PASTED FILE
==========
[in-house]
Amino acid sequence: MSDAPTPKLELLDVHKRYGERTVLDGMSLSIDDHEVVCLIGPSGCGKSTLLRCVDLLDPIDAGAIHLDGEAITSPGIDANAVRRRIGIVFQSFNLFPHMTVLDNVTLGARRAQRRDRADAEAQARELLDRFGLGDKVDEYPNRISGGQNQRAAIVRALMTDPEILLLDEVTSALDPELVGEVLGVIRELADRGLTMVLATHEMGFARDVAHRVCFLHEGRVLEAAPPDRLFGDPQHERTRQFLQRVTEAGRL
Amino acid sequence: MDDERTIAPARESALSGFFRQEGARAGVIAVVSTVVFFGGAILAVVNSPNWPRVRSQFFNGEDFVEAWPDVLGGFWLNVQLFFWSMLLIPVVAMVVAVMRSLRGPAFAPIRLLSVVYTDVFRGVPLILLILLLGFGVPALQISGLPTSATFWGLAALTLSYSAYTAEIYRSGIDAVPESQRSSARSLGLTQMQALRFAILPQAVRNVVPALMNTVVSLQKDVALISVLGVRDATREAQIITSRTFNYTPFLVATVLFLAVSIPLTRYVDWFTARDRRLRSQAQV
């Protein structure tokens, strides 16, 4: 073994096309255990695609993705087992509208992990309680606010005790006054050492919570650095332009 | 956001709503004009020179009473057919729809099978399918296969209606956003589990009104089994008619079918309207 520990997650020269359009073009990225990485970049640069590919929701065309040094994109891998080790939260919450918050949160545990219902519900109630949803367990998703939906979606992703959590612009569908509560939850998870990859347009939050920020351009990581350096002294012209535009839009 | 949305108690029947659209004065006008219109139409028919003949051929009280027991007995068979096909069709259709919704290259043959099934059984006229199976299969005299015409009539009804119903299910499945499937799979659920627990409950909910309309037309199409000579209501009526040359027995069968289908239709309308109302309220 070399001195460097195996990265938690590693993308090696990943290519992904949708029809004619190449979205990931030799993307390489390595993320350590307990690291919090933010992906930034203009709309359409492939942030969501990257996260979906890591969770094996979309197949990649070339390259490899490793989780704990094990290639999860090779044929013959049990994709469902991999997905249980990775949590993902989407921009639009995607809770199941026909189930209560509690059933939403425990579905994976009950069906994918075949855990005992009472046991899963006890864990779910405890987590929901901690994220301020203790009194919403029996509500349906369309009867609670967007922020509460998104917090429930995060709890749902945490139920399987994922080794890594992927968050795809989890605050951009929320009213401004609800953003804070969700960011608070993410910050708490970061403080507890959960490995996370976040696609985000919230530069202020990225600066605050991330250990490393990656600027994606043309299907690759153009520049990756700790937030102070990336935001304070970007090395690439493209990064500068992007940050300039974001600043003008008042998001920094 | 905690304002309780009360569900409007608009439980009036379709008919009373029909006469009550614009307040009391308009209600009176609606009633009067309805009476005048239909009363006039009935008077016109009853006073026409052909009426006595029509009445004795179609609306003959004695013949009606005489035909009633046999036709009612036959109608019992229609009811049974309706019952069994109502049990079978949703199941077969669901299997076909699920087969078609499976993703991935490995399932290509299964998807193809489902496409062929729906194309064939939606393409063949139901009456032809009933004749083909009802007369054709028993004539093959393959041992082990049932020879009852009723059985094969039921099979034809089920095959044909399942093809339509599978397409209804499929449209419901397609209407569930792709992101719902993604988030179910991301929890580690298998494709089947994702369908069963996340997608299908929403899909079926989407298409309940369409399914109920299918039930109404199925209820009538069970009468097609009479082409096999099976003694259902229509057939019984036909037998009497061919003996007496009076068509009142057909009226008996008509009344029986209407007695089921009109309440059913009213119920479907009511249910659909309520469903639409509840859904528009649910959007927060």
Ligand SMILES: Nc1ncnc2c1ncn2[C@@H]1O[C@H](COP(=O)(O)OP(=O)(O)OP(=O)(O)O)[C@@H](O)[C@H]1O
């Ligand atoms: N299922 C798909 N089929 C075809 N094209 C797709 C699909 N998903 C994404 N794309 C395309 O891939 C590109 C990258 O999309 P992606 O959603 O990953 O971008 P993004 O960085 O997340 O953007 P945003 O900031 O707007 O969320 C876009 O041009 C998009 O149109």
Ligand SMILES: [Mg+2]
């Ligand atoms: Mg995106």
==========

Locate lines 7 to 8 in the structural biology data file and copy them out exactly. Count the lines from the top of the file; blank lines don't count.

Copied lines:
Ligand SMILES: [Mg+2]
């Ligand atoms: Mg995106």